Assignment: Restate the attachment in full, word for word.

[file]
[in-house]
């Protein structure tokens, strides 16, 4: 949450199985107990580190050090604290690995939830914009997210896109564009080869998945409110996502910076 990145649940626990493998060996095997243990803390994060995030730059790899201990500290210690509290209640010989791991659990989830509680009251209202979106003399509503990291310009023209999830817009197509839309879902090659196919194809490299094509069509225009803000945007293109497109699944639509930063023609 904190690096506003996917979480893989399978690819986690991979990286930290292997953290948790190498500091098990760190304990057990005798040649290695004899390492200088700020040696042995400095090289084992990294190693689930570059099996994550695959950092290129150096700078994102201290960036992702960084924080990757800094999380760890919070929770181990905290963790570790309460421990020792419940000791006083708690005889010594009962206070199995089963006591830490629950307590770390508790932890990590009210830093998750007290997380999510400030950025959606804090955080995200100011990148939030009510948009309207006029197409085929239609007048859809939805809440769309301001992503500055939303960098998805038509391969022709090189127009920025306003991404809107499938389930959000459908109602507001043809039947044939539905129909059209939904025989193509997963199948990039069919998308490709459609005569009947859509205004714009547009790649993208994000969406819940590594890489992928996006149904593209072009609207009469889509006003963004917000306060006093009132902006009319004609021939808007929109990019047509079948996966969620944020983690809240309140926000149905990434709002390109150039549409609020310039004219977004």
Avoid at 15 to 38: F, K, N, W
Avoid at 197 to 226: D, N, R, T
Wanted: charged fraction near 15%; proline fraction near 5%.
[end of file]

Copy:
[in-house]
């Protein structure tokens, strides 16, 4: 949450199985107990580190050090604290690995939830914009997210896109564009080869998945409110996502910076 990145649940626990493998060996095997243990803390994060995030730059790899201990500290210690509290209640010989791991659990989830509680009251209202979106003399509503990291310009023209999830817009197509839309879902090659196919194809490299094509069509225009803000945007293109497109699944639509930063023609 904190690096506003996917979480893989399978690819986690991979990286930290292997953290948790190498500091098990760190304990057990005798040649290695004899390492200088700020040696042995400095090289084992990294190693689930570059099996994550695959950092290129150096700078994102201290960036992702960084924080990757800094999380760890919070929770181990905290963790570790309460421990020792419940000791006083708690005889010594009962206070199995089963006591830490629950307590770390508790932890990590009210830093998750007290997380999510400030950025959606804090955080995200100011990148939030009510948009309207006029197409085929239609007048859809939805809440769309301001992503500055939303960098998805038509391969022709090189127009920025306003991404809107499938389930959000459908109602507001043809039947044939539905129909059209939904025989193509997963199948990039069919998308490709459609005569009947859509205004714009547009790649993208994000969406819940590594890489992928996006149904593209072009609207009469889509006003963004917000306060006093009132902006009319004609021939808007929109990019047509079948996966969620944020983690809240309140926000149905990434709002390109150039549409609020310039004219977004």
Avoid at 15 to 38: F, K, N, W
Avoid at 197 to 226: D, N, R, T
Wanted: charged fraction near 15%; proline fraction near 5%.